First sentence (and a half): After winning the Newbery Honor, Bloomsbury made prints of the cover art with a quote from the book to give to the Newbery committee members. The quote was the first sentence and a half of this chapter. I didn’t pick the quote, but I thought it was a nice one. I wonder if every publisher gives gifts to the committee after winning and what their gifts were.
Page 63: I like that phrase “the agitation of his nearness” and “Feeling herself lean to him as she would to warm herself at a fire.” Some phrases come whole and perfect in the first draft (rare). Some I worry over again and again and again every draft until they’re right. Some I steal from myself. The latter I’d written for Enna Burning, cut for some reason, but remembered because I liked it and reused it here.
page 64: Miri makes a decision--scholarship over friendship. Was it the right choice for her? What would you choose?
Tales: Reading for pleasure taught her how to decode words on a page, and soon she found she could read anything with confidence. Smells like a bit of personal philosophy peering through.
Friends: Such a dangerous endeavor! There are still times in my adult life when I feel lost, unsure what to say and what not to say, never knowing if I’m wanted around or simply tolerated. And how much more I felt that way when I was young. What Miri needs, I think, is a true friend she can relax with and trust, who honestly likes her. What a relief that would be. I hope she finds one soon...
Mary and Amy both asked about outlining: When I came up with the idea for this story, I wrote it down. ALWAYS WRITE DOWN IDEAS or they go away. As more ideas came to me--scenes, characters, images--I wrote them down. I did this for a couple of years. When I'd finished Enna Burning and was ready to start a new book, I went to my file of Princess Academy ideas and orgainized them more-or-less chronologically. I then began to write from that loose outline, discovering many un-outlined things as I wrote and sometimes tossing out bits from the outline if they no longer mattered. I don't think there'd be any way for me to outline each chapter and write a book accordingly. I change far too much during rewrites. No chapter is intact from first to final.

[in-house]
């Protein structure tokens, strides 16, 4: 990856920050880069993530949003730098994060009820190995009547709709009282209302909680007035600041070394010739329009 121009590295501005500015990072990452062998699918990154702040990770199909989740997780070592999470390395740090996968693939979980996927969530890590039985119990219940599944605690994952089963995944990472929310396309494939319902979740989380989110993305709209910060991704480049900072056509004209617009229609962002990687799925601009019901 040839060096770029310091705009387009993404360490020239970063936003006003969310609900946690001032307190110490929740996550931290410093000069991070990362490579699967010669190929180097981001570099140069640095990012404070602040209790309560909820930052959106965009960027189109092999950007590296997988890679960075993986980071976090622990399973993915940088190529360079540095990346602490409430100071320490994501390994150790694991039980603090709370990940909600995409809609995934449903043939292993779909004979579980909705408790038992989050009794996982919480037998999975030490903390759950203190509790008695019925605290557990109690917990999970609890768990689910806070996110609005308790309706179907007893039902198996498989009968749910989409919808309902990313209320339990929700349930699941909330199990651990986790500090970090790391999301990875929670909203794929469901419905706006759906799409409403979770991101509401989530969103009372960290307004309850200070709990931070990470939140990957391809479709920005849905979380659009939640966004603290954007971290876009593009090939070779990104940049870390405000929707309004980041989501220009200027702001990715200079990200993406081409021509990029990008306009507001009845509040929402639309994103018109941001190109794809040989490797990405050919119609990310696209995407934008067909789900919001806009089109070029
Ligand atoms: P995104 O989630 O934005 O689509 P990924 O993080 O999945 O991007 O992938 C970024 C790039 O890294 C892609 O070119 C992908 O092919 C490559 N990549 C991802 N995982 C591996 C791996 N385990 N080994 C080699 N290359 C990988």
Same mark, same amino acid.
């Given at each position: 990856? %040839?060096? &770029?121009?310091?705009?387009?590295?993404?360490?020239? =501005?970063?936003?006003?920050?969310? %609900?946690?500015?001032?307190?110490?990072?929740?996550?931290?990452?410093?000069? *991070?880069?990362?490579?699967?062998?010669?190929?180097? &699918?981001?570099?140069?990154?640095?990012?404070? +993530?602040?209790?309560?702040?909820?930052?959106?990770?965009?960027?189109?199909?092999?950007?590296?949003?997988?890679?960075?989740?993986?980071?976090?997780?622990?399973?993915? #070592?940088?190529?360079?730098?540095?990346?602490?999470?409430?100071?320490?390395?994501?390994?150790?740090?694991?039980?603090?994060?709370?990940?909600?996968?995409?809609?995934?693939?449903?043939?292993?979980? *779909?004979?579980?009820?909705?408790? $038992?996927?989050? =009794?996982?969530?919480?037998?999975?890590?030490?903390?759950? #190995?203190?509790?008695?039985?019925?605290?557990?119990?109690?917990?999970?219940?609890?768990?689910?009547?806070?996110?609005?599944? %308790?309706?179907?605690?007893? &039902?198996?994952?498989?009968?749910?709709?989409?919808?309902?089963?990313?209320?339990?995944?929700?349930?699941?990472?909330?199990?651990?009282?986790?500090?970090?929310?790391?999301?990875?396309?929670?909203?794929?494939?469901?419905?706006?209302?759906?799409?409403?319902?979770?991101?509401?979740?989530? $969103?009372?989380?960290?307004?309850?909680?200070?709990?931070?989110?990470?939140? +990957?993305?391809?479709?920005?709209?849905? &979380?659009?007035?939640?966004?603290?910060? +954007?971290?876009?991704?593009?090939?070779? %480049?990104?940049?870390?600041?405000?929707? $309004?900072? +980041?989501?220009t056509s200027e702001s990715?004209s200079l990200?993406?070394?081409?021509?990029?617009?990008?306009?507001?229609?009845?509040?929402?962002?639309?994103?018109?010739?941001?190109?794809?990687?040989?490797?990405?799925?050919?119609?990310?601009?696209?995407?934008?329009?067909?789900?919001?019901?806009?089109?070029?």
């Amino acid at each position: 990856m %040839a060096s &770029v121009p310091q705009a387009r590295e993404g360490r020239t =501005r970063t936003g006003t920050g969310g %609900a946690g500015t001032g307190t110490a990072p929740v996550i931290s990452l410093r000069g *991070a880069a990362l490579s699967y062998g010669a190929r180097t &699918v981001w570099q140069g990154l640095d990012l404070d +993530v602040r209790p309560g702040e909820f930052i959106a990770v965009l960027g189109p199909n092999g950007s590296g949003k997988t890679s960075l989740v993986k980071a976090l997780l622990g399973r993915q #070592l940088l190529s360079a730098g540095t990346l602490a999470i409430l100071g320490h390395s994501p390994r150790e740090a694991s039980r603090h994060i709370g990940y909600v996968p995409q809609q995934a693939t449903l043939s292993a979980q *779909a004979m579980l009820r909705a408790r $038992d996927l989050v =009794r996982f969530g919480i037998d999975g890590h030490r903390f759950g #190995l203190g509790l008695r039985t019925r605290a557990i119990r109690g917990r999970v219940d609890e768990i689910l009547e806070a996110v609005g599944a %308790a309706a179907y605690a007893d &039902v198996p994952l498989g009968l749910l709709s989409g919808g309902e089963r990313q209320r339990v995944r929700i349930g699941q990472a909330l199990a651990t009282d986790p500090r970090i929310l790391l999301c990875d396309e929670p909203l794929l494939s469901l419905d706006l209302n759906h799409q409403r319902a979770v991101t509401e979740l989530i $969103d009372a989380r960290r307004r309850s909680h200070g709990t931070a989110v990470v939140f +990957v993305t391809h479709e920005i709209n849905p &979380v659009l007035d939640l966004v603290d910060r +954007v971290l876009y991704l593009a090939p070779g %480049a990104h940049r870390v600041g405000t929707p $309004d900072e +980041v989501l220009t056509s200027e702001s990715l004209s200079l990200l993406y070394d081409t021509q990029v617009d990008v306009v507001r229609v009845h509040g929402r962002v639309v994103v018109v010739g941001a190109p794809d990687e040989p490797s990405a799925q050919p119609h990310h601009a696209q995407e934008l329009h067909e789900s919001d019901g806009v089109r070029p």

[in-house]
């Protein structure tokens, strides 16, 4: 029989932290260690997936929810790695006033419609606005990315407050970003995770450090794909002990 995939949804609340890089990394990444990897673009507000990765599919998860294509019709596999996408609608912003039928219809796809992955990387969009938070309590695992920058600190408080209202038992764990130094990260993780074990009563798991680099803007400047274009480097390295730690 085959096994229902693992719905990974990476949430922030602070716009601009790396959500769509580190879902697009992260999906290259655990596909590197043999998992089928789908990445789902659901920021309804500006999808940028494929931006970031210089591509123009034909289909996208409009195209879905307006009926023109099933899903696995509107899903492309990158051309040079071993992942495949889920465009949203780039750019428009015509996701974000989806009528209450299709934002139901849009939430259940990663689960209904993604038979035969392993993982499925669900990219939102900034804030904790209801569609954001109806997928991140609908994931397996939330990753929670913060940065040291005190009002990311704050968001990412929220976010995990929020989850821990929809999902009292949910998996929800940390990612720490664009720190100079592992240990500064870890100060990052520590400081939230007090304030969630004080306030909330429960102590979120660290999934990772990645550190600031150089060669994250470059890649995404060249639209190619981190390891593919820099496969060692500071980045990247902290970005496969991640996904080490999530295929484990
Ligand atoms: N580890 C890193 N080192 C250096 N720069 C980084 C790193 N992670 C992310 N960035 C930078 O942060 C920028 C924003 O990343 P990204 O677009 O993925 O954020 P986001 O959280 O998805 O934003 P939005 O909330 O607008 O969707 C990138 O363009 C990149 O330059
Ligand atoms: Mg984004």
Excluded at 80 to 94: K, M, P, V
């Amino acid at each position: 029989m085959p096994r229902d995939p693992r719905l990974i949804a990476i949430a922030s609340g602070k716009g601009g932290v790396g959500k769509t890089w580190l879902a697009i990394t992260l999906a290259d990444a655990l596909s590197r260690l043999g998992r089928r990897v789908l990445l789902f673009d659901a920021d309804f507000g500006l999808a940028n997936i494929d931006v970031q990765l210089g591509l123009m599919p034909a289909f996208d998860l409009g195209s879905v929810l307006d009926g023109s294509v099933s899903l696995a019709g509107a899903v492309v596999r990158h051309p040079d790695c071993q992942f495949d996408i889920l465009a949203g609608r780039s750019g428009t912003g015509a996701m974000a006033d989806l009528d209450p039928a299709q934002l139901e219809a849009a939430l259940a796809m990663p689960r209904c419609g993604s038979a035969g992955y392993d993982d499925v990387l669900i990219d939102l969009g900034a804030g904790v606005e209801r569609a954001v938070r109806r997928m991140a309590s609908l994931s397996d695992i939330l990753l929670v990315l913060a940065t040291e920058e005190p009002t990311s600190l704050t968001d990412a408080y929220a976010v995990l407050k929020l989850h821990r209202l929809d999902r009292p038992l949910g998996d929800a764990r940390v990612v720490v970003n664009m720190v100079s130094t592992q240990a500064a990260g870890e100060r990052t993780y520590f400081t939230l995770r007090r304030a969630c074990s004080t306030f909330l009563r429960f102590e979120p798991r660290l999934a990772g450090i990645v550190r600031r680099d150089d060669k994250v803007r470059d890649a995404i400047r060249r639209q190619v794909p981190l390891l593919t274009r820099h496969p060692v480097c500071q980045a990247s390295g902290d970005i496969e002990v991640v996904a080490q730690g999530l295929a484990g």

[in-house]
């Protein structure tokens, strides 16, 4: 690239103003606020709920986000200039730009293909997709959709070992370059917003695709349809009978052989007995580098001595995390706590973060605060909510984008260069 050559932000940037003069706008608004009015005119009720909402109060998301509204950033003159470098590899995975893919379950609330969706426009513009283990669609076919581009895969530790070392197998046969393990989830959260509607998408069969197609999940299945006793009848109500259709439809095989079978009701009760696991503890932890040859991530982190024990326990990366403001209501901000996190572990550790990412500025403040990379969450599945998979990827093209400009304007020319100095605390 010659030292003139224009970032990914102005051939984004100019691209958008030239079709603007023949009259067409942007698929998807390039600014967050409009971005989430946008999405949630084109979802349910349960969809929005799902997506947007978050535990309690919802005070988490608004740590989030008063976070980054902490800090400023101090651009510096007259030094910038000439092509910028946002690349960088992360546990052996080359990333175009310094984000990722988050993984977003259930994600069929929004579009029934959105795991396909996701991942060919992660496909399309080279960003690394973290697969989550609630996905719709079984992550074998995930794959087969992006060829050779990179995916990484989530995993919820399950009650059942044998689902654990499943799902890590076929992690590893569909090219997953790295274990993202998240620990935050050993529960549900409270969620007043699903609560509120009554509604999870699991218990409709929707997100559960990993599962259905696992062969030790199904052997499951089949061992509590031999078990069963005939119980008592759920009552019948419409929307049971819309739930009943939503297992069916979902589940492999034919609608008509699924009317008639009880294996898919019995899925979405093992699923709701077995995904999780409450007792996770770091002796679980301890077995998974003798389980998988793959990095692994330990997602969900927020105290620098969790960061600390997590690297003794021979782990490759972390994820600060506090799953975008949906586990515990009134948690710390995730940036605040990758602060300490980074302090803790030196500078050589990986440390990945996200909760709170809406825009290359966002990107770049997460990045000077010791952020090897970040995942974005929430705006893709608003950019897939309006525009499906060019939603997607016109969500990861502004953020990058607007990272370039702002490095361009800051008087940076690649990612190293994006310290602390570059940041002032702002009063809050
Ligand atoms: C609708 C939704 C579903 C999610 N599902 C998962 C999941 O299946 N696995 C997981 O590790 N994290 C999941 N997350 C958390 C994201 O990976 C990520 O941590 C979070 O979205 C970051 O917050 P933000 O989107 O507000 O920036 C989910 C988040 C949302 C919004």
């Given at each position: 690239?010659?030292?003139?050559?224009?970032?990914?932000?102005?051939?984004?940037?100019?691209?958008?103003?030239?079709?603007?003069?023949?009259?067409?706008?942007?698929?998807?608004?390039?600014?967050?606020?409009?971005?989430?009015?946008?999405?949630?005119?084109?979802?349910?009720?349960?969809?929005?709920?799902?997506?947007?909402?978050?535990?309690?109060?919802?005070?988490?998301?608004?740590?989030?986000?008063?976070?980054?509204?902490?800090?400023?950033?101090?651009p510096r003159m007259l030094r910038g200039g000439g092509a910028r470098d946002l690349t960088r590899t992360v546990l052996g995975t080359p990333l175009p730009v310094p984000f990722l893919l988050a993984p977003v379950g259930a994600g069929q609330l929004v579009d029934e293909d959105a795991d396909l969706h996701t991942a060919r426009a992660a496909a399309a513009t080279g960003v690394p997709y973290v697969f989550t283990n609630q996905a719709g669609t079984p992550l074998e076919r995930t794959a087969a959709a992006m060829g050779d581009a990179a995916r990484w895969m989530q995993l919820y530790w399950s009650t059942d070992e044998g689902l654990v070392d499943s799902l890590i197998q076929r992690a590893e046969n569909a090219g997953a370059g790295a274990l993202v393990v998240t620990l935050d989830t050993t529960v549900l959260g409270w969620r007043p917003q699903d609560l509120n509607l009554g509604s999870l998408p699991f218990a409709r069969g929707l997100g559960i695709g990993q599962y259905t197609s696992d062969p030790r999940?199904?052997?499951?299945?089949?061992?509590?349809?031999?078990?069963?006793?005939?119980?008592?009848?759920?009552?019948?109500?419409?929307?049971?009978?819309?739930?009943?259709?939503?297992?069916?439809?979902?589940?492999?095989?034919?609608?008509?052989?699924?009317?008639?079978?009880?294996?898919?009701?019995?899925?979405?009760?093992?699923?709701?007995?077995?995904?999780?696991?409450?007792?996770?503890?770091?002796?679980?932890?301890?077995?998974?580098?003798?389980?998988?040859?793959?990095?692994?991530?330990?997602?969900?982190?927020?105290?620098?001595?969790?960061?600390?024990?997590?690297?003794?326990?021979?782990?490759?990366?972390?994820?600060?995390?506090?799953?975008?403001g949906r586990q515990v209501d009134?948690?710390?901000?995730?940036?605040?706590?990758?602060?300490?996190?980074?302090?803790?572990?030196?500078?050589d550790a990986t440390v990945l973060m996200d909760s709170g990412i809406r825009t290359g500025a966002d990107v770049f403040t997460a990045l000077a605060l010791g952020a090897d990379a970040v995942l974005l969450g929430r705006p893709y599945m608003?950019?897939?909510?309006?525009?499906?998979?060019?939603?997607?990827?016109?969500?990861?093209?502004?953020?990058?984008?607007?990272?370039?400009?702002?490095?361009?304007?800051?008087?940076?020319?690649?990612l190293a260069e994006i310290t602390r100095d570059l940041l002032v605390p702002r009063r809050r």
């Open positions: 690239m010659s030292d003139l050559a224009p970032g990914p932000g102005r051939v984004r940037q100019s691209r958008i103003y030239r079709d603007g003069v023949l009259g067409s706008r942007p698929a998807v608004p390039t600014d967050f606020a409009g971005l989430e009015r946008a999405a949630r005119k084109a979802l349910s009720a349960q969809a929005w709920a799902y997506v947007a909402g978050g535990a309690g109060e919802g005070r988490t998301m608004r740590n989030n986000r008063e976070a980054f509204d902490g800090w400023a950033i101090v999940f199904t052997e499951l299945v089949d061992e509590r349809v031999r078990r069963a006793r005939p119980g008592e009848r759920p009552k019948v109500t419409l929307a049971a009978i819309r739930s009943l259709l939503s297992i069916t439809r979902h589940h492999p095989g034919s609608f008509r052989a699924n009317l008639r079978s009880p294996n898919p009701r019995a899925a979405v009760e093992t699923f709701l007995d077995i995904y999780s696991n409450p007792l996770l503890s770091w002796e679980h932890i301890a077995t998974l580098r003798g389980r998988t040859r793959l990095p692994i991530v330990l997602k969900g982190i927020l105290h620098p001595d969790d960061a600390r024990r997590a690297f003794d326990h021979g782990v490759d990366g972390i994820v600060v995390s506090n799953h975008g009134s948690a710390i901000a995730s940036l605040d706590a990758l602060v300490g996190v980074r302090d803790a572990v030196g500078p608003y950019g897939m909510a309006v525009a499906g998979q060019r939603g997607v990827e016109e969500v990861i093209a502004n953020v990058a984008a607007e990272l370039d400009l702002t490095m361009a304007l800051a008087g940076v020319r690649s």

Heather asks, "How do you hear the characters names pronounced in your head?" I hear them different ways. I'm not particular. As a reader, I'm visual. I look at the way the name looks more than how it sounds. I'm reading a book right now that has two male characters with four letter "D" names and they are interchangable to me. I honestly pronounce Katar in three different ways.
If I missed your question feel free to reask. We'll be back on Monday with chapter 6!